Civil Rights activist Warren Reed took the time to read the complex documents setting forth the Dexter Government’s furtive plan to slash medical benefits for residents of special care homes. The documents were posted here last night. The Dexter Government shelved the plan, which would have required residents making less than $2,000 per year to pay for needed medical supplies, dental treatments, vision care, and certain drugs including, in some cases, insulin and anti-seizure medication. The unannounced cuts, developed without consultation, were to have been implemented Canada Day, but were put on hold late Thursday after the Canadian Press wire service started asking questions of the Community Services Minister Denise Peterson-Rafuse.
The documents evoke the fine old days of the workhouse. I thought Dickens was dead. The whole plan is so paternalistic and antediluvian as to be worthy only of incineration. Yossarian himself would perk up at the “Policy Objectives” section, which parses into something like, “The objective is the policy and the policy is the objective.”
Unfortunately, you have let a bit of unnecessary cliche creep into your language. As suggested below, you could have written the whole article without reference to “disabilities” (proposed deletions highlighted in yellow).
By reminding the reader that the policy merely affects the “disabled” you plant the thought that these people are different from us. They are us.
Warren has a point, though I think he carries it one step too far. That this policy would have applied only to Nova Scotians with disabilities is a pertinent fact readers ought to know. It’s not just a mean policy, but a discriminatory one that targets a group of Nova Scotians ill-equipped to stick up for their rights. Alas, having made that point, I then slipped into the common error of repeatedly defining the affected people by their disability. Warren is right. They are not “the disabled.”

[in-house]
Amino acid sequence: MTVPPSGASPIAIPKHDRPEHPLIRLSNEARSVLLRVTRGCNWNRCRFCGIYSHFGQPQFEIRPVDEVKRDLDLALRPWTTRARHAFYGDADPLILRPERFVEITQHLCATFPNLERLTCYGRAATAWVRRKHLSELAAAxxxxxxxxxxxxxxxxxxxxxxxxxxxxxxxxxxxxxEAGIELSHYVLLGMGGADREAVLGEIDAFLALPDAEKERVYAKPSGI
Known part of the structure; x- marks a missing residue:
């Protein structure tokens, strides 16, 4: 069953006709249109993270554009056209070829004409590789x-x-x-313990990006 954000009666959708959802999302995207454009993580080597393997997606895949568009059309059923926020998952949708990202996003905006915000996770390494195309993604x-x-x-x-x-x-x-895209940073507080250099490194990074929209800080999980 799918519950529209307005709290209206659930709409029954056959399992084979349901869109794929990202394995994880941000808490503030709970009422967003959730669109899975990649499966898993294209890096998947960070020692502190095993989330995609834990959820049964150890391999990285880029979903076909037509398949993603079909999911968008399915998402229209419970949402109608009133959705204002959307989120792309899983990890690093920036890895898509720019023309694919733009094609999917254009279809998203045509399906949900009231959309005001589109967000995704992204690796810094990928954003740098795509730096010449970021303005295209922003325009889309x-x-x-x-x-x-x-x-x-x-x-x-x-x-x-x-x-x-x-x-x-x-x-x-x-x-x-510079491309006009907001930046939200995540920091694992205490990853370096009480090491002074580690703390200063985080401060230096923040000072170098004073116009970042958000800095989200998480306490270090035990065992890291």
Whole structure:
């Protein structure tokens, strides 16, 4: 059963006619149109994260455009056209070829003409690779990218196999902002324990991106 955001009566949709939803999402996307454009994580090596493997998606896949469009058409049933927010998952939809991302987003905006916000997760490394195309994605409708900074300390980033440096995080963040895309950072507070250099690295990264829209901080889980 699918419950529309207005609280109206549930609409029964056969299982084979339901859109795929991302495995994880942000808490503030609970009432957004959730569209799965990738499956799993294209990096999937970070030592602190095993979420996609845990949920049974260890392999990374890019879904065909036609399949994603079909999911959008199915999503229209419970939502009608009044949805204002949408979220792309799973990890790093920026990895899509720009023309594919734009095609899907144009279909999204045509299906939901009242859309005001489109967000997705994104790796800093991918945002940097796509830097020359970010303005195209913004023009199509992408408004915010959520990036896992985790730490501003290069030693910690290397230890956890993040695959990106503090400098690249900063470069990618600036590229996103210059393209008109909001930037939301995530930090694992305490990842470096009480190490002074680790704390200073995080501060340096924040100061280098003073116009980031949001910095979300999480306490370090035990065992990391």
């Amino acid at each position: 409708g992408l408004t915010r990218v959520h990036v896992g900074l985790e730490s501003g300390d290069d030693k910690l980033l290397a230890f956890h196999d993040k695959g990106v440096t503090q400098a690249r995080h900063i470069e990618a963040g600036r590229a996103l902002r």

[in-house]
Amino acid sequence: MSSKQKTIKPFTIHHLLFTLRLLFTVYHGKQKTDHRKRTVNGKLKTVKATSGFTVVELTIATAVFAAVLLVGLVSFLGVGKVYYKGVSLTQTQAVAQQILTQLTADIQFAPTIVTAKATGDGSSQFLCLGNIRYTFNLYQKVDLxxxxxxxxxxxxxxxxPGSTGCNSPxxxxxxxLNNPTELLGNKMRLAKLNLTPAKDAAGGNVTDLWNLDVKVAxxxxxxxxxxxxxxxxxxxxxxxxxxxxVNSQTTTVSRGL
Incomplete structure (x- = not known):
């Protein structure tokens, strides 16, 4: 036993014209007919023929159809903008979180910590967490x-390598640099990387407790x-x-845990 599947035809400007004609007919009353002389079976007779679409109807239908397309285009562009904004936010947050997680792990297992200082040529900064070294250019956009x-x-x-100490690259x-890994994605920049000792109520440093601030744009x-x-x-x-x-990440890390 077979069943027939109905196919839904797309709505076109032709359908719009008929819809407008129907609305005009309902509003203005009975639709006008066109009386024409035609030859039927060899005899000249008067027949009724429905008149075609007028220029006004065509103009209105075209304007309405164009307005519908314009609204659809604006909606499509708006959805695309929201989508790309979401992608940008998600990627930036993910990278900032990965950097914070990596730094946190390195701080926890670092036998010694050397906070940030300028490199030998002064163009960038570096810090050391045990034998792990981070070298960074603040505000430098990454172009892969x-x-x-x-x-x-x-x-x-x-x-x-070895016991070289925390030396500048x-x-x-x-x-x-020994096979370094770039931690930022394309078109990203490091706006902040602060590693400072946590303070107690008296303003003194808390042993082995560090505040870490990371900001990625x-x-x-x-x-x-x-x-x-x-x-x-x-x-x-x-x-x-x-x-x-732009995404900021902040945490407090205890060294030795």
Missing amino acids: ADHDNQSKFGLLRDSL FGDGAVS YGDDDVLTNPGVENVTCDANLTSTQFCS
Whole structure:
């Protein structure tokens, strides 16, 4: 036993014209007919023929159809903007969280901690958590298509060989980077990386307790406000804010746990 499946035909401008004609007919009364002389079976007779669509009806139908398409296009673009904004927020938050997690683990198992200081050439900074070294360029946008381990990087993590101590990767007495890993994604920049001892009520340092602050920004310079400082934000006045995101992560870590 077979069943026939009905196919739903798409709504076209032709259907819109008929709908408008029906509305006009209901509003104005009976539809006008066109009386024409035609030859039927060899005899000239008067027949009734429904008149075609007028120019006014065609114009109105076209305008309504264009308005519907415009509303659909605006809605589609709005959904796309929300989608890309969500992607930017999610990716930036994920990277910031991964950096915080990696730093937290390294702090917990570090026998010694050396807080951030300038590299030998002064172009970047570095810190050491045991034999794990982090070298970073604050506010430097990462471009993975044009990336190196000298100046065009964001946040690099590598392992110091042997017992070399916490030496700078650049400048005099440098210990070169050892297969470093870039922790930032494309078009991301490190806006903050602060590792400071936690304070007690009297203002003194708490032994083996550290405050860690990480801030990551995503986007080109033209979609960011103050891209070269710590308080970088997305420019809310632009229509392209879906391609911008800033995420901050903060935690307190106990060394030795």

They are us.
The Nova Scotia Department of Community Services (DCS) backed off a clandestine plan to cut medical services for disabled Nova Scotians living in special care homes late
Friday Thursday afternoon, hours before it was to take effect.
The province had planned to implement the unannounced cuts over the Canada Day long weekend, but shelved the plan hours after the Canadian Press News Agency sought comment from DCS Minister Denise Peterson-Rafuse. Operators of special care homes were told the policy was “on hold” in late afternoon emails from frontline care coordinators.
The policy would have curtailed coverage for a wide range of medical benefits including dental care, drugs, and medical supplies.
In one case, workers caring for an elderly diabetic who receives a living allowance of just $125 per month were told his daily insulin injections would no longer be covered, because the type of insulin prescribed for his hard-to-control blood-sugar levels is not on a list of approved drugs. The man, who has a developmental handicap, leads an active life and is beloved by his community.
Another agency was told the province would no longer pay for an anti-seizure medication required by one of its residents.
The new policy would have required pre-approval for most items, including annual dental cleanings. It was developed without consultation with caregivers, operators of special needs homes, or the disabled residents themselves. Frontline DCS workers were still receiving training in the new restrictions as late as yesterday.
Governments often choose to announce controversial measures as holiday weekends are getting underway. In this case, the department didn’t announced the planned cuts at all, although it did find time Wednesday to issue a news release trumpeting increased payments to welfare recipients, also set to take place July 1.
Tipped to the new policy by a mainland organization that operates several special care homes, Canadian Press sought comment from Peterson-Rafuse. She was unavailable, as were all of her key officials. Notoriously sensitive to bad publicity, the Dexter Government closely monitors media requests, with responses tightly controlled from the premier’s office.
The CP inquiry apparently set off alarm bells. At 3:54 p.m.,
Friday Thursday, a DCS official emailed a dozen operators of special care homes in Cape Breton a one-line email: “Sorry. We just got an email saying that this is now on hold. Continue as we have been.”
DCS coordinators had earlier been told not to let operators of special needs homes see copies of the seven highly technical documents that spell out the new policy. Contrarian obtained copies this evening, and we have posted them to our website: